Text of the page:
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Dollar deepens dive on inflation surprise

Interest rate futures showed markets have fully priced a Federal Reservehike later this month, but expectations of any further increases are being wound back.

Dollar deepens dive on inflation surprise

Representative image

SINGAPORE: A sliding dollar was pushed lower still in Asia on Thursday, as traders took surprisingly slow U.S. inflation as a signal U.S. interest rate rises will be all but finished by month's end.

The dollar has been steadily slipping for about six weeks, but had its worst session in five months on Wednesday - falling more than 1% against the euro to its lowest in more than a year - as the U.S. inflation slowdown gave dollar sellers confidence.

The euro made a fresh 15-month high of $1.1148 in Asia on Thursday and the yen touched its strongest since mid-May at 138.08 per dollar. The U.S. dollar index fell marginally to 100.42, its lowest since April 2022.

U.S. core inflation came in at 0.2% in June against market expectations for 0.3%. Headline annual CPI fell to 3% and has been dropping since hitting a peak at 9.6% a year earlier.

Interest rate futures showed markets have fully priced a Federal Reservehike later this month, but expectations of any further increases are being wound back.

"The view is that the Fed will very likely hike at the end of July and that will be the last one," said Westpac strategist Imre Speizer.

The New Zealand dollar rose 0.5% to a two-month high of $0.6332 and the Aussie was up 0.4% to a three-week peak at $0.6813.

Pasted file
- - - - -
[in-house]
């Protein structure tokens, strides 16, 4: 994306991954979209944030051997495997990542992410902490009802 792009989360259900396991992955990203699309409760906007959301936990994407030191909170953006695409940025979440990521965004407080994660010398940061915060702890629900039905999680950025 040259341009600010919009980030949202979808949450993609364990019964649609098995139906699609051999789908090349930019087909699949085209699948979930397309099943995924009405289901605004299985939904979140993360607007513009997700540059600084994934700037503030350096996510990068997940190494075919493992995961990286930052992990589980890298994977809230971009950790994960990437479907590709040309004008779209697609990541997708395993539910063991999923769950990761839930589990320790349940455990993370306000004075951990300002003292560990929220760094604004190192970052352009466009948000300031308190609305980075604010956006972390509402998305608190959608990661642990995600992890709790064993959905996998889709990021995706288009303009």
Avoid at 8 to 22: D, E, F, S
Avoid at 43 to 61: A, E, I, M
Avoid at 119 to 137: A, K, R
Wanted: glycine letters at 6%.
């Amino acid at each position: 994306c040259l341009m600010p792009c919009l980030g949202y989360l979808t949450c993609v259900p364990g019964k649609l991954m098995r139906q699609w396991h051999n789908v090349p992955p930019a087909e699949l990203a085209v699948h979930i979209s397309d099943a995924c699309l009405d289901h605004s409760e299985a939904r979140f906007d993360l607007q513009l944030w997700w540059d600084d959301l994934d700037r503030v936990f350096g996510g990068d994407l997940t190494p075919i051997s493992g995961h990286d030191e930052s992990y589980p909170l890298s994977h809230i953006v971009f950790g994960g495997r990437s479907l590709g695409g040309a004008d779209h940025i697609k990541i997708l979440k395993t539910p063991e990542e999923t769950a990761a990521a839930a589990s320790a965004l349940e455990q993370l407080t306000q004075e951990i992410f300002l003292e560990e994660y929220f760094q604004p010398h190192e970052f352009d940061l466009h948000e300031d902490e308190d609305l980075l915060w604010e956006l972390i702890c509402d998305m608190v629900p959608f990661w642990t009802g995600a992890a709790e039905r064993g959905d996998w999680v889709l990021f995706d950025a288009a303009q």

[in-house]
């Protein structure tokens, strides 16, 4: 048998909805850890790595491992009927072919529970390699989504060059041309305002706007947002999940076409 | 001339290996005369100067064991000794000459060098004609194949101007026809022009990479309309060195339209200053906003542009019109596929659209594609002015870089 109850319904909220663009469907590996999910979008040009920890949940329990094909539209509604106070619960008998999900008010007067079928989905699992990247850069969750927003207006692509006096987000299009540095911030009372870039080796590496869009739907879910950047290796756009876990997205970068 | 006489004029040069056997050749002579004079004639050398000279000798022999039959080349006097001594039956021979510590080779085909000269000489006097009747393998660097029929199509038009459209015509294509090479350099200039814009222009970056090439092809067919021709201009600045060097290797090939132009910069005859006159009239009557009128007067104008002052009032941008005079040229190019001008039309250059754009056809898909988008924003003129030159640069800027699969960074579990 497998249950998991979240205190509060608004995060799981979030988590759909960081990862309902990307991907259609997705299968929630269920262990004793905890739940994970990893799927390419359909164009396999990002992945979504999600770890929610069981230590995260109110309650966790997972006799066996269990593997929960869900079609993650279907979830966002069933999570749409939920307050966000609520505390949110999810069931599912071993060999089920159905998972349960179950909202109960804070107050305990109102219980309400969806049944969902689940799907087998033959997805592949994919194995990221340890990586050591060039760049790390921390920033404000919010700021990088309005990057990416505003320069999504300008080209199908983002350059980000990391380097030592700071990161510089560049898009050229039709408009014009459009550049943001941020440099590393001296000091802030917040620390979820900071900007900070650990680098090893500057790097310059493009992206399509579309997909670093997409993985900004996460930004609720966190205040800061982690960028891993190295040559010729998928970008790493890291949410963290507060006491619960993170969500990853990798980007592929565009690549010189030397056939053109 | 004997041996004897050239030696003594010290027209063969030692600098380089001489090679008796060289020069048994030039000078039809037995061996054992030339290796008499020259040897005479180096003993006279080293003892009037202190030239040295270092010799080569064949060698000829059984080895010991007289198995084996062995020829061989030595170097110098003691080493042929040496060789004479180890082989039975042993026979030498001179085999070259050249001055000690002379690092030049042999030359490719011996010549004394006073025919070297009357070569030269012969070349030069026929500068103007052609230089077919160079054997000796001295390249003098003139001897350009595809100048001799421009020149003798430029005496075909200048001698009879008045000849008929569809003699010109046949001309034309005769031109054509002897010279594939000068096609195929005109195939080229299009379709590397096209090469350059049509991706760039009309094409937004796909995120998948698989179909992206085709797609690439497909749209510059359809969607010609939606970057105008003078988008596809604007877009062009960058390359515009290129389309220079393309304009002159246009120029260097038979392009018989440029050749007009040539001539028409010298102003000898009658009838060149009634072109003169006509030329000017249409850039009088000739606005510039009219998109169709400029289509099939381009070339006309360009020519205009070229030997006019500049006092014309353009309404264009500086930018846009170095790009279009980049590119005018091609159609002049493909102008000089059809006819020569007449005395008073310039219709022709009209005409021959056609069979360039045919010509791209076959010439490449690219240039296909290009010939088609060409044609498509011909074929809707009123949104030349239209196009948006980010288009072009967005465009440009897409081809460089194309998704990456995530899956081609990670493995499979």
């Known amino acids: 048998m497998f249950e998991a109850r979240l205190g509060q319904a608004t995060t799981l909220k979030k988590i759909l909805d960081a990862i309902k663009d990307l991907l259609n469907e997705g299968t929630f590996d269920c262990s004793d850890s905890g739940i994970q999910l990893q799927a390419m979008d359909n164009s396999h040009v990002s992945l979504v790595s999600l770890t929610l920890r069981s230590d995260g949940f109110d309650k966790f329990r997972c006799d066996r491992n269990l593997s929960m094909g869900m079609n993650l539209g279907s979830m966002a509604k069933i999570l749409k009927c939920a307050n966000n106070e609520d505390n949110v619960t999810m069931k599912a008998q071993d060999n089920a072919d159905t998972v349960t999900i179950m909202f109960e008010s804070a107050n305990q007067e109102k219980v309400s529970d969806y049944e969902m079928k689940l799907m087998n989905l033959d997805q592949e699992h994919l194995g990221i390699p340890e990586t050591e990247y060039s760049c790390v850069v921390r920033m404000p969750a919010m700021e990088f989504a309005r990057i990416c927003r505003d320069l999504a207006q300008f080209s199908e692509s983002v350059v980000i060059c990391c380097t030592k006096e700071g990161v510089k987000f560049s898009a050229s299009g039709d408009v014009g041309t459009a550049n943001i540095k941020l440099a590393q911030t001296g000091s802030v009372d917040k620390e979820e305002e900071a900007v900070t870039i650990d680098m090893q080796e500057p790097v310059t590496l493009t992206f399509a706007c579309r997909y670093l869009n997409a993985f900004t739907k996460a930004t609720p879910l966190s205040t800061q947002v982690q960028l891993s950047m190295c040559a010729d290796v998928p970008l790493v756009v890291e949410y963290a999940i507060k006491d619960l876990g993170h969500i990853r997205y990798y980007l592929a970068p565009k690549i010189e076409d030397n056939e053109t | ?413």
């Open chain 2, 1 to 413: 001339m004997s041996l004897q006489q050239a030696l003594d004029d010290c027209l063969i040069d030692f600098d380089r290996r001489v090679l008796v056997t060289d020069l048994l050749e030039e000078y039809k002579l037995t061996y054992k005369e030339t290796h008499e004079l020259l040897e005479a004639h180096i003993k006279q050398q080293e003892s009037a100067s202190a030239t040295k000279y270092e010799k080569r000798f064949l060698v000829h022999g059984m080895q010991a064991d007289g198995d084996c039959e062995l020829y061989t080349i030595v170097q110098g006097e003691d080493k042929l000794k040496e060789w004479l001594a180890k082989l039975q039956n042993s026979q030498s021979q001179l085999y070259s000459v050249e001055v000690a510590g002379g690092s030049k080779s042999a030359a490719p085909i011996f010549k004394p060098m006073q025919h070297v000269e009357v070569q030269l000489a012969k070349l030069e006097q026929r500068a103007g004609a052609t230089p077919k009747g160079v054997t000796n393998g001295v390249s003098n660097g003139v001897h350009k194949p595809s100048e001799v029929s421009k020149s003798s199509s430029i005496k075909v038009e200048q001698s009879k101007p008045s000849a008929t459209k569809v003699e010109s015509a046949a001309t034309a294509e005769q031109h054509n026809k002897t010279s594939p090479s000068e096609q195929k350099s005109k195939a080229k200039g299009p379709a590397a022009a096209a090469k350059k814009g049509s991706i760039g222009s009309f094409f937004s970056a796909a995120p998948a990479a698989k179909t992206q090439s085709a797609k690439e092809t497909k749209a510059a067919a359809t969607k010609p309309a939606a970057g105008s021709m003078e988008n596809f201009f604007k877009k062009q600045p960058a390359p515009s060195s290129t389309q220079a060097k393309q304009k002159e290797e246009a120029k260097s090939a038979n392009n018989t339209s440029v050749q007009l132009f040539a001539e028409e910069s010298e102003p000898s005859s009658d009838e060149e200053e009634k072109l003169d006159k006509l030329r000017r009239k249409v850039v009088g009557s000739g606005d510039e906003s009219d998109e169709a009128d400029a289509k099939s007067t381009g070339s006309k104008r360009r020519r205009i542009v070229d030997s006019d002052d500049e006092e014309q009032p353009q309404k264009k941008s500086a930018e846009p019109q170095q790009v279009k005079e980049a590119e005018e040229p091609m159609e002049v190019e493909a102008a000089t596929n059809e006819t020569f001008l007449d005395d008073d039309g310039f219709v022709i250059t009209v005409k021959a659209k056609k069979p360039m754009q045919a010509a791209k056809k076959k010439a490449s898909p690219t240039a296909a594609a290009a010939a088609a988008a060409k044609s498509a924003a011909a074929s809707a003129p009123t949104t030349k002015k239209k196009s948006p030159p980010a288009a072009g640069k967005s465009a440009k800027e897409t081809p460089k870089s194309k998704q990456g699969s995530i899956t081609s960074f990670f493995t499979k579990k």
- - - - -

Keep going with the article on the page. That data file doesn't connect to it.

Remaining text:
Moves in other currencies were smaller but still delivered new milestones as traders reckon the dollar has further to drop. The Swiss franc hit its strongest since 2015 at 0.8655 to the dollar and sterling a 15-month top of $1.3019.

The Chinese yuan steadied near a one-month high at 7.1675 per dollar, held back by weak trade data that showed exports diving at their fastest pace for three years.

Emerging market currencies also rallied across Asia, led by Malaysia's ringgit which jumped 1% and through to the strong side of 4.6 per dollar. Thailand's baht held small gains while traders waited to see whether prime ministerial hopeful Pita Limjaroenrat could command a majority in parliament.

In Scandinavia, where inflation is looking sticky and central bankers are projecting further rate hikes, currencies tacked extra gains to Thursday's surges for the Swedish and Norwegian crowns to eye weekly gains of 5%.

"We think the recent dollar underperformance reflects a qualitative shift in market comfort with being short dollars as the terminal Fed policy rate looks increasingly capped," said currency analyst Steve Englander at Standard Chartered.

Two-year Treasuries, which track rate expectations, extended an overnight rally driving yields down 4 basis points to 4.71%.

Amongst the dollar selling, one outlier was perhaps the yen which has led gains. It is up more than 4% in five sessions, but paused in Asia as the focus turned to whether the Bank of Japan (BOJ) might soon tweak its yield control policy.

The closely-watched 10-year yield fell slightly to 0.46% on Thursday, comfortably below the BOJ's 0.5% cap, suggesting only modest speculation of a policy shift as the possibility of easing inflation reduces some of the pressure.

"Governor (Kazuo) Ueda has maintained, thus far, that the risks of moving too early outweigh the risks of moving too late," said DBS strategist Chang Wei Liang.

"Certainly, the Fed entering the tail-phase of rate hikes provides relief and allows the BOJ to normalise policy at their own desired pace."

European Central Bank meeting minutes, European industrial production data and British monthly GDP are ahead on Thursday.

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